Message #70

From: Mark Oram <>
Subject: Intro from a new member
Date: Sat, 27 Mar 2004 23:28:40 +0000


Melinda kindly invited me to join this group and asked
me to write a few lines of introduction, so here goes.

My name is Mark Oram and I turned 37 in February of
this year. I lived the first 35 years of my life in
sunny(?) England (mainly in the London area) but moved
to Denver USA just over two years ago to marry Diana
and settle down on the other side of the Atlantic.
(I’m pleased to say that Diana is still my wife,
despite my many hours spent working on the 4D cube!)

When we are working for our livings we both are
research scientists, currently baseed at the
University of Colorado Health Sciences Center;
Micorbiology department. I am a molecular biologist by
training and I’m finishing off some work related to
how the particular sequence of DNA modulates the
activity of the proteins designed to package it within
a bacterial cell. I’m happy to expand on that if
anyone is really interested. I also volunteeer at the
Denver Nature and Science museum in thier new (10
month old) Space Odyssey exhibit: an interactive
setting where we present all ascpects of Space Science
and exploration to the general public, and have
immense fun in doing so.

As far as the 4D cube goes, it seemed the next logical
step for me. I have loved the cube (the ‘traditional’
3d version!) since it appeared (can you believe its
been over 20 years ago??) and have the 2x2, 3x3(!),
4x4 and 5x5 versions displayed in our bedroom. (Has
ayone ever come across a 6x6 btw?) This is part of a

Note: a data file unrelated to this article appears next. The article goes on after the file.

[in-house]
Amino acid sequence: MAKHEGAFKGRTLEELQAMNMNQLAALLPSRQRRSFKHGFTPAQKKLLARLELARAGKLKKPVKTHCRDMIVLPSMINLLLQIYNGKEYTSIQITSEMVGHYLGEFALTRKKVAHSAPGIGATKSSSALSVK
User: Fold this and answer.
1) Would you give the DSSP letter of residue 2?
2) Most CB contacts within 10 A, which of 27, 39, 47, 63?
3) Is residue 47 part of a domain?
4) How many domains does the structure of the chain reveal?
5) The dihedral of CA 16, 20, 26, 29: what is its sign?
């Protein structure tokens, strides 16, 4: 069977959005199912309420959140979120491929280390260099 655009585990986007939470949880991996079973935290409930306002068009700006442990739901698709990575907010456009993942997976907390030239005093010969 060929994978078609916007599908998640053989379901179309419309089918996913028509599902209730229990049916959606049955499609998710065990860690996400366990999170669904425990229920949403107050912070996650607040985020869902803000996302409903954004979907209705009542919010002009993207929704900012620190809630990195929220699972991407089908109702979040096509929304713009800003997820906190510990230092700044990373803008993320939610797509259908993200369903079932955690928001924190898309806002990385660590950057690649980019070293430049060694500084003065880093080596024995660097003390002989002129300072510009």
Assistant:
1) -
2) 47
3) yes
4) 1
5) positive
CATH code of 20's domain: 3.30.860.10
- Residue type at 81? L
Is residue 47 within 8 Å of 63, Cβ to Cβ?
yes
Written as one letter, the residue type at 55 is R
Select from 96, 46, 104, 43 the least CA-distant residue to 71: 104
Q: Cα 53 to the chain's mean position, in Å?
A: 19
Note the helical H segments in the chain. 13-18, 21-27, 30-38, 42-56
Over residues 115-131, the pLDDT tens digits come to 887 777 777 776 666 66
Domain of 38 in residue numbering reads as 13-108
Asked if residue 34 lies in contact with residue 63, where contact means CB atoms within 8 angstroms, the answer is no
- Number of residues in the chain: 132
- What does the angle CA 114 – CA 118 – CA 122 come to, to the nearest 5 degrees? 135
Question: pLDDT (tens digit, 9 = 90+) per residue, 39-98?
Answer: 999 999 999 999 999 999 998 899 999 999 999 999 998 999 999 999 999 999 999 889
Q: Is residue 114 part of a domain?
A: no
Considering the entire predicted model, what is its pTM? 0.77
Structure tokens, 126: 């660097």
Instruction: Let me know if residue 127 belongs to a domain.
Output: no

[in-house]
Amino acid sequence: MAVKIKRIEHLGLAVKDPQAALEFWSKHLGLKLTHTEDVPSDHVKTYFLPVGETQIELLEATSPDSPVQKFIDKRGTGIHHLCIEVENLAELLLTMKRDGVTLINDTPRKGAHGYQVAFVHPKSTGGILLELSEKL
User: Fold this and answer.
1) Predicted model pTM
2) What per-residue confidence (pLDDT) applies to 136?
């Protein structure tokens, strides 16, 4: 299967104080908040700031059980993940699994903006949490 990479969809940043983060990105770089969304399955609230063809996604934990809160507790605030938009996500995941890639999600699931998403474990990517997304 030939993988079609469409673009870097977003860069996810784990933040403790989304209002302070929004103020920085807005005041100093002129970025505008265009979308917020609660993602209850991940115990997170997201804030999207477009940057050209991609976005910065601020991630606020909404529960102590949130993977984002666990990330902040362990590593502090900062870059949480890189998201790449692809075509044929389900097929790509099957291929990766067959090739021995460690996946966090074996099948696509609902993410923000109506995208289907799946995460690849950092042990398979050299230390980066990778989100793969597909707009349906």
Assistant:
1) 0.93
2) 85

deeper love I have for recreational mathematics and
mathematical games and puzzles. I grew up devouring
Martin Gardner’s Scientific American columns and
books, and also read ‘GEB’ (one of my all-time
favourite books ever) and other works by Douglas
Hoftstader just as avidly.

Speaking of books, Ian Stewart has also written many
excellent books on mathematics, and if any of you come
across ‘Prime Obsession’ by John Derbyshire (it’s
about the Riemann hypothesis) I cannot recommend it
highly enough. It is superbly written: in my mind one
of the best examples of this kind of ‘popularisation’
book ever. Oh yes, and I also have a well-thumbed copy
of Rudy Rucker’s The 4th Dimension, which helped me a
great deal in dealing with the 4D cube.

One of the biggest fustrations I have with the 4D
version is that we are not 4-dimensional, and cannot
see it in its ‘true’ undistorted form. (Wouldn’t it
look incredibly beautiful?). Still, I think the web
site is a wonderful simulation and a great
achievement, so thank-you Don, Melinda and Jay :)

Finally, I also love to see ‘patterns’ in numbers, and
although this is akin to numerology I hasten to add
that I am not a numerologist in any kind of
‘pseudo-science’ sense: I just find this kind of thing
amusing. I was delighted to note, for example, that
the Hall of Fame now contains as many members as there
are hours in the day; as this links to clocks and
other time-pieces: collecting them is another hobby of

OK, so that is more than a ‘few’ lines so I’ll stop
here. If you are still reading this than (a) thank-you
and (b) I look forward to joining in the discussions
here for as many weeks/months/years as there are
fascinating subjects - mathematical or otherwise - to
talk about. Quite a long time in other words….

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